Lebanese Villages: Their Meanings & Roots – part 3

By Mabelle Kreidi Follow Mabelle on her blog Here. Part 1 / Part 2

Ever wondered what the name of your Lebanese hometown means? This article will help you discover the meaning of some Lebanese villages, the roots of their names, you may or may not be surprised because many come from Syriac Aramaic, Phoenician and Hebrew.


From Syriac ܒܶܝܬ ܣܰܠܘܩܺܝܬܰܐ “bet saluqita” meaning “The Place of Ascension”

Bet Lahya

Bet ܒܝܬ means house/village. Lahya ܠܗܝܐ comes from Leha ܠܗܐ which means fatigue/exhaustion. Lahya is a female form of the word, so Bet Lahya translates to The House/Village of the tired lady.


Kawkaba ܟܘܟܒܐ means planet, it’s the double form of ܟܒ (kab) which means round object. It is the only village in Hasbaya district that looks straight at Mt. Hermon.


Kfar means City/Village. Houna comes from “ahouné” ܐܰܚܳܘܢܶܐ meaning young siblings, thus “The Village of Young Siblings.


Just like Machghara, comes from Aramaic “shegher” שגר meaning “The place where water emerges from”. It is split between “Lower Chouaghir” and “Upper Chouaghir”


From Syriac “parzla” ܦܰܪܙܠܰܐ meaning “Iron mine”. It can also come from Aramaic “feraza-el” פרזא אל. meaning “God’s haven” or “God’s district”.

Kherbet rouha

Kherbe in all semitic languages means ruins. “Rouha” ܪܳܘܚܰܐ means the wind, or “rawha” ܪܰܘܚܰܐ means wide/spacey.

Rab Tlatin

The pronunciation & make-up are Syriac ܪܰܒ ܬܠܰܐܬܺܝܢ meaning “The Guardian over the 30″, It could go back to mean that it was a farm that had 30 workers.


Syriac “ramshaya” ܪܰܡܫܰܝܰܐ meaning “nightly” or “sun-set”. It can also be “remis” ܪܶܡܝܣ (the calm), or ram Ishay -> the hill of Ishay (a Phoenician/Hebrew first name).


From syriac “qarna d ila” ܩܰܪܢܰܐܕܐܻܝܠܰܐ meaning “The Summit of God”.


From syriac ‘Asquta ܥܰܣܩܳܘܬܰܐ meaning “The Rough and Insubordinate Land”, Keserwan as a whole was used to be known as “العاصية” or “The Insubordinate”.


Syriac “baggé” ܒܰܓܶܐܵ means Gardens, “bagga” ܒܰܓܰܐ means water streaming, “paggé”ܦܰܓܶܐ means non-ripe fig. In Aramaic pagga פּגא means sour grapes, it can be either.


From Syriac “bayta d’awé ܒܝܬܐ ܕܥܘܝ “The Howling Place” or Phoenician beyta d’i ביתא דעי “Ruined house from war” or Hebrew עי “the ruins”, other possibility de’ah דעה “Place of Wisdom”.

Jeb Jannine

From “gub gannin” ܓܘܒ ܓܢܝܢ meaning “Basin of Gardens”. The word (Jeb) גב is a common Semitic word meaning something in the sort of precipitation/water well.


From نطع) נטע) meaning planting. Or it can be from Syriac yawnta ܝܘܢܬܐ meaning “Dove/Pigeon”, yonta יונתא in Aramic also means Pigeon/Dove.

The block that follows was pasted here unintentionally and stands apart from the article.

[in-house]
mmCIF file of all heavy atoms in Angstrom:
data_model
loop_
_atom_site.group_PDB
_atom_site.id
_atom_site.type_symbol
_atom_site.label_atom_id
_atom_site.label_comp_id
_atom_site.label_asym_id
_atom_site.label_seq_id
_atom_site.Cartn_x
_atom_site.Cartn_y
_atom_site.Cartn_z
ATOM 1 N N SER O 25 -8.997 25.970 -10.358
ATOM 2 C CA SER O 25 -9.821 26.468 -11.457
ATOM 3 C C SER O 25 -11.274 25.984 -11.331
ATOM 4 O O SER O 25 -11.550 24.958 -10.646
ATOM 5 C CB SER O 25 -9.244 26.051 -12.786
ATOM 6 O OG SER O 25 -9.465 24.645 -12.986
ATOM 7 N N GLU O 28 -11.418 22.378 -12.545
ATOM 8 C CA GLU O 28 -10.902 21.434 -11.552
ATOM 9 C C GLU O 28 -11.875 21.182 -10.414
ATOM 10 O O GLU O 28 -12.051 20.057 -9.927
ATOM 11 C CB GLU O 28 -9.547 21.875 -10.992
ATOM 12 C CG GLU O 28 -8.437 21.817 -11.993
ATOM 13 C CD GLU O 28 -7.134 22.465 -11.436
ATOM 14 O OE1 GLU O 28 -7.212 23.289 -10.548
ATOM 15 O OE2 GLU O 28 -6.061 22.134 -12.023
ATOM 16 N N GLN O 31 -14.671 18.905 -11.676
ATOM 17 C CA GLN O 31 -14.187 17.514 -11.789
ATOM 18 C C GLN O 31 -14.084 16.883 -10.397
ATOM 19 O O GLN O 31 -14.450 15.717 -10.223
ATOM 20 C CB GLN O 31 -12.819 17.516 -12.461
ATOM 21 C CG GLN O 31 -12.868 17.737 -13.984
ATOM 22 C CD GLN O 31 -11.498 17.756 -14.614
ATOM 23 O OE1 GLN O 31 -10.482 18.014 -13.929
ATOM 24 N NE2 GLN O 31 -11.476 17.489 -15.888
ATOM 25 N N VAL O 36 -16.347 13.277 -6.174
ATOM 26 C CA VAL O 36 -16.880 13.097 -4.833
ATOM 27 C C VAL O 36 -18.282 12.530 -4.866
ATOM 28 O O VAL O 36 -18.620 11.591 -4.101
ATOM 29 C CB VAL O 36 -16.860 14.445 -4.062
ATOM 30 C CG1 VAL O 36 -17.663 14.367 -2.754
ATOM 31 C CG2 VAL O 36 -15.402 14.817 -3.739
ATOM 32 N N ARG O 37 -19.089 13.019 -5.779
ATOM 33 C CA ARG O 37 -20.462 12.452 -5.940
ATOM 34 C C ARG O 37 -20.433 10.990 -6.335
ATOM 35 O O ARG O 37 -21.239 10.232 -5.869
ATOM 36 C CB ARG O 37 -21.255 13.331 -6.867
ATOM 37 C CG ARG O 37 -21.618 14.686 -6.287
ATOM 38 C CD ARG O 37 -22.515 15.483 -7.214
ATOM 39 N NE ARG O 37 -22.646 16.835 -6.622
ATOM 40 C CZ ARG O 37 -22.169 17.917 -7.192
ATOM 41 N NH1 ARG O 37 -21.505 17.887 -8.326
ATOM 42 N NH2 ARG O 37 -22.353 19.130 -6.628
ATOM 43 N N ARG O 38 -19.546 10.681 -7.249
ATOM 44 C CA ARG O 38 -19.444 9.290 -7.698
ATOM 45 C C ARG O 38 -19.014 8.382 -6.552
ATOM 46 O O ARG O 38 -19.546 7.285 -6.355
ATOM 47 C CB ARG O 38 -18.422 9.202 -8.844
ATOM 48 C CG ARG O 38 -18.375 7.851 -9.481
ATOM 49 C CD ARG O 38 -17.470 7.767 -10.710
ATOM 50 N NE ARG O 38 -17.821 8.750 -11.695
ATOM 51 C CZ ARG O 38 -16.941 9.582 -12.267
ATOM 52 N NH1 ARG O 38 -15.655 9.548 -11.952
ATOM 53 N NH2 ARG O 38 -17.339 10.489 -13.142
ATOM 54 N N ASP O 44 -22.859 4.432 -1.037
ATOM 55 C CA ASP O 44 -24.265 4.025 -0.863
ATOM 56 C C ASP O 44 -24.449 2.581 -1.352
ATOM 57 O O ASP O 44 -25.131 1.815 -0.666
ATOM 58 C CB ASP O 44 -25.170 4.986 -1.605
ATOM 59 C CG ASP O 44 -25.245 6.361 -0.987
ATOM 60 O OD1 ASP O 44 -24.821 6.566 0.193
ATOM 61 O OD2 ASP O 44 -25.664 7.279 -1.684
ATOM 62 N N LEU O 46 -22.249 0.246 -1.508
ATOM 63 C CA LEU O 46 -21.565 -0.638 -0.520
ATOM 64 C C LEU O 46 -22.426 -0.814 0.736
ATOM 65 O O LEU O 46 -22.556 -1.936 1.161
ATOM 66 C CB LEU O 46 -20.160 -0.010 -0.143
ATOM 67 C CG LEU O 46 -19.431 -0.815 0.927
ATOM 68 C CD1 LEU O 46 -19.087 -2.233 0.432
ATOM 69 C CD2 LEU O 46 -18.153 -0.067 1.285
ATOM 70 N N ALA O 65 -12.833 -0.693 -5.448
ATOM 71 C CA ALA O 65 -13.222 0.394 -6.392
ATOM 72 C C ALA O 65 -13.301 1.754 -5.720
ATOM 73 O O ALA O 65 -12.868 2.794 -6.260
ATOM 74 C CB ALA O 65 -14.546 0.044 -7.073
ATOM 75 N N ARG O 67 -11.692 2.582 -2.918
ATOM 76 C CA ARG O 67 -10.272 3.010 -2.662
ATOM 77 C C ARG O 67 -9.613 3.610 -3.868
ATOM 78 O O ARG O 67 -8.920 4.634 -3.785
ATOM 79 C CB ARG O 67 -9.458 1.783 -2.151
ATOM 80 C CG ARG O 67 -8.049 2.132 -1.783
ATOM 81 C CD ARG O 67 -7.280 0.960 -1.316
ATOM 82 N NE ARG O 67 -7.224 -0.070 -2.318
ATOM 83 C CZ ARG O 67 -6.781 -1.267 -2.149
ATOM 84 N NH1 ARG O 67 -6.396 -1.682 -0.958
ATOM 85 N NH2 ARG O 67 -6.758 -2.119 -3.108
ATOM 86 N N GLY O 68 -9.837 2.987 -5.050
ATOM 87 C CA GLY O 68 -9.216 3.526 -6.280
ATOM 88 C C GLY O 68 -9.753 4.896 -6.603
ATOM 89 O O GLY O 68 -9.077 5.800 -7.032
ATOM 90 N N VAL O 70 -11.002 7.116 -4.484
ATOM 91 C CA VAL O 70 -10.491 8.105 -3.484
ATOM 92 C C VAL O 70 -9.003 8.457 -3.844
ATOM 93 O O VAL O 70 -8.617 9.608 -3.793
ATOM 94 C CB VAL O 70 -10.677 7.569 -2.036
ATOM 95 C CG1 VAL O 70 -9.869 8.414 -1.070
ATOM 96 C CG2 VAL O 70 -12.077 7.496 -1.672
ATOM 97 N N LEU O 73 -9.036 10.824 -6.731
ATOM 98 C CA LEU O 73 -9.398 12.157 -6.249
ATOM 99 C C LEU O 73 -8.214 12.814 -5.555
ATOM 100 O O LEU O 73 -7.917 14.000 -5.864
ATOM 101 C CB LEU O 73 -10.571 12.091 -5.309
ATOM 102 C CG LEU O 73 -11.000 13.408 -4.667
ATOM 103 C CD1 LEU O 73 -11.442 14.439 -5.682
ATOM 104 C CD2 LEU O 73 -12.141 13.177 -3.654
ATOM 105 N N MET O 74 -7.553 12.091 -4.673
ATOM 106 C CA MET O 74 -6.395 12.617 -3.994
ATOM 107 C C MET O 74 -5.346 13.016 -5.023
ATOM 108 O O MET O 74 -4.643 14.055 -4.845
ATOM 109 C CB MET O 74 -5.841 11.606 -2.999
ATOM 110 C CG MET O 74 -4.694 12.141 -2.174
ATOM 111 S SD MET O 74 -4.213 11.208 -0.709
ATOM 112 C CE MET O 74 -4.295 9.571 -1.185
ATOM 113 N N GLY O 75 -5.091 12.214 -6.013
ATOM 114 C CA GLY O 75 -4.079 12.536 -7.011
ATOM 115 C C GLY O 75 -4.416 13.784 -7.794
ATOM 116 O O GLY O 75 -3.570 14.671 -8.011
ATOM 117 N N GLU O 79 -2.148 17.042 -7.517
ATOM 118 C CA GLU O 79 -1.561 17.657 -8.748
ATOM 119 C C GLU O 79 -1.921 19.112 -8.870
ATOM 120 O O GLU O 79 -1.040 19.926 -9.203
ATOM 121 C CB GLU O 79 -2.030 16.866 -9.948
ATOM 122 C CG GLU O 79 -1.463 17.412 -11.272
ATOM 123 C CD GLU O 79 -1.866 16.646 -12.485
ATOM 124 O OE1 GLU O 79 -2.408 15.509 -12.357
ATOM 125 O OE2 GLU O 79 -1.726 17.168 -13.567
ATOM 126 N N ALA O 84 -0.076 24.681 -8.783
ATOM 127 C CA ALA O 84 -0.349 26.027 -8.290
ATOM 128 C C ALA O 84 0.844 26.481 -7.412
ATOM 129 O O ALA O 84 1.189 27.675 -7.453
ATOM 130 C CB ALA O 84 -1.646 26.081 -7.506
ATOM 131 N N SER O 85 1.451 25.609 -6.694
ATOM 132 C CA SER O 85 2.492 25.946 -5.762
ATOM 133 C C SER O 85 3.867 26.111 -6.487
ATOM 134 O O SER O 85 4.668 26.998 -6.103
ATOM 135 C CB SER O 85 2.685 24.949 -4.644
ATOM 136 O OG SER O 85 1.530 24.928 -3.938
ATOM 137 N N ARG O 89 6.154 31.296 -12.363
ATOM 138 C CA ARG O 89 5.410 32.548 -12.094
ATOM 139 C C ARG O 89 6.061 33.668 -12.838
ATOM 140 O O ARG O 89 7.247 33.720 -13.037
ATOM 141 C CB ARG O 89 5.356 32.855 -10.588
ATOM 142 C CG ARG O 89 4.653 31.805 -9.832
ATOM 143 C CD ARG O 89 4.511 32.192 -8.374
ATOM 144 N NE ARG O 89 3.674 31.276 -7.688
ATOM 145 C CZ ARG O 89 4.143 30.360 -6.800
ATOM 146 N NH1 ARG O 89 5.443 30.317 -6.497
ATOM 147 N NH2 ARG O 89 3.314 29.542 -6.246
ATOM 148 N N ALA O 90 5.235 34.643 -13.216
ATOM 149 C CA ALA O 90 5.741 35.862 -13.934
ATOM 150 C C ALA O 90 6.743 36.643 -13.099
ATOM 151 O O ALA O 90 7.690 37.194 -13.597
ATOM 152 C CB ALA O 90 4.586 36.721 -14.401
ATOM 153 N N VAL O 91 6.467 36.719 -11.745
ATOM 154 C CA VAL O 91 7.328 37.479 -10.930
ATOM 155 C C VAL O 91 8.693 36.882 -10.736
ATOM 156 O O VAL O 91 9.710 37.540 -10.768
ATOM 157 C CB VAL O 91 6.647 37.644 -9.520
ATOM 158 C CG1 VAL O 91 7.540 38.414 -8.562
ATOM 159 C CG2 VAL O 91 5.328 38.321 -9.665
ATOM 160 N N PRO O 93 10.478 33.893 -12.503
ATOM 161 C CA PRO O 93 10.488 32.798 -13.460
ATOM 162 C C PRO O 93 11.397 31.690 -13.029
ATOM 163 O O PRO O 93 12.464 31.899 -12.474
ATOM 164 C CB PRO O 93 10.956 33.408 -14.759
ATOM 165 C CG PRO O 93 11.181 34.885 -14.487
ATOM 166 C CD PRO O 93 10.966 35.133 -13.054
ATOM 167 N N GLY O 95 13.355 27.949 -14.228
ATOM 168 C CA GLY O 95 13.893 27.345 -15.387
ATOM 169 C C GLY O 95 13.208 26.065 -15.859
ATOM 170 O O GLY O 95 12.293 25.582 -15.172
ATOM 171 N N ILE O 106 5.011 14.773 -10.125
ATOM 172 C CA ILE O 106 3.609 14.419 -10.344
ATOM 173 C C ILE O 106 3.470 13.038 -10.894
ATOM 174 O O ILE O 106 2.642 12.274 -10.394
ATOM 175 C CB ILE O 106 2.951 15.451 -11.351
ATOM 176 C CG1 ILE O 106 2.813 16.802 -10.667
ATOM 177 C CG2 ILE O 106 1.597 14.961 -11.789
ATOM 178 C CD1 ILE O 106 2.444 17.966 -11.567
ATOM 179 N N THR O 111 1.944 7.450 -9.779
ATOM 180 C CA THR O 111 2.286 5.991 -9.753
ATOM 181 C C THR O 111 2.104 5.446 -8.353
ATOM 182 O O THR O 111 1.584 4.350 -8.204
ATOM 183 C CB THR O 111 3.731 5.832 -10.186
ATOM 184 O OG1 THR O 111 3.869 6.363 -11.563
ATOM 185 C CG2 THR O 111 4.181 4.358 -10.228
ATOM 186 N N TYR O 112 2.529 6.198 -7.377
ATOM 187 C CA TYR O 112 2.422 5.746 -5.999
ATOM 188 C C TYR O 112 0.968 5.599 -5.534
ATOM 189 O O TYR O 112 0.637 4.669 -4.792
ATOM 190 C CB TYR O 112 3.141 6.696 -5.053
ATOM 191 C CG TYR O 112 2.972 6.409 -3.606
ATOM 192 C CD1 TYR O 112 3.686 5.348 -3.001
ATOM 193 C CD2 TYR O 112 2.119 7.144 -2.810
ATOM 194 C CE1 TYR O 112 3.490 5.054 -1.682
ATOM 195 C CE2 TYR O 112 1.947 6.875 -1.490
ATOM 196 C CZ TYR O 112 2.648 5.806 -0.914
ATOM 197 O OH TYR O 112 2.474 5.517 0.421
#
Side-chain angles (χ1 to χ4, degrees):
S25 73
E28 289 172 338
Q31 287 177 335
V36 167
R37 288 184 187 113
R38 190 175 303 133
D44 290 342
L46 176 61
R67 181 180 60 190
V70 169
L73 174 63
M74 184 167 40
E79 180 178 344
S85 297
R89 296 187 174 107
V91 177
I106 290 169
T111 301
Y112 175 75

From Aramaic שׁפעא shif’a meaning water flow. Or from Syriac Sab’a ܣܒܥܐ “satiety & abundance” or from Hebrew shib’ah שׁבאה meaning “Seven”.


From habbusha ܚܒܘܫܐ meaning prison or bet habbusha, “The prison place” or “The place of religious isolation”.


dar ܕܪ means residence, 2nd part can be either dekhayya meaning pure (The pure residence) or dar “dghayya” (The residence of happiness and beauty)


From old Aramaic bet kasin בית כסין “the place where cups are made”, or from Syriac bet ksin ܒܝܬ ܟܣܝܢ “place of the hidden”.


From Syriac “bet yuqné” ܒܝܬ ܝܘܩܢܝ “Place where coins or icons are forged”, originally from Greek “eikon”, either the face printed on coins or the icons of siants”.


From Syriac “ram hala” ܪܐܡ ܚܠܐ , which translates to “Sand Hill”.


From ܦܠܘܓܐ Palugha, meaning “The distributor”.


bet zammara ܒܝܬ ܙܡܪܐ meaning “House of the Piper” or “House of the Pipe (musical instrument)”.


From “tur tag” ܬܘܪ ܬܐܓ meaning “Mountain of the Crown”, or from “tur tawga” meaning “Mountain of snow patches” or from “tar taga” meaning “next to snow”.


From ܚܕܬܘܢ which is a smaller form of “hadta” meaing New.

There are probably way more villages with names rooted in Syriac/Aramaic/Phoenician and even Hebrew, if I missed your village/area let me know! And if you’re interested to know about more Lebanese villages with Syriac/Aramaic origins check “Le lexique des localités libanaises” by Anis Freiha.

Special thanks to @LBMaronites (Twitter account) for shedding light on most of this information and on Lebanon’s Syriac Aramaic heritage.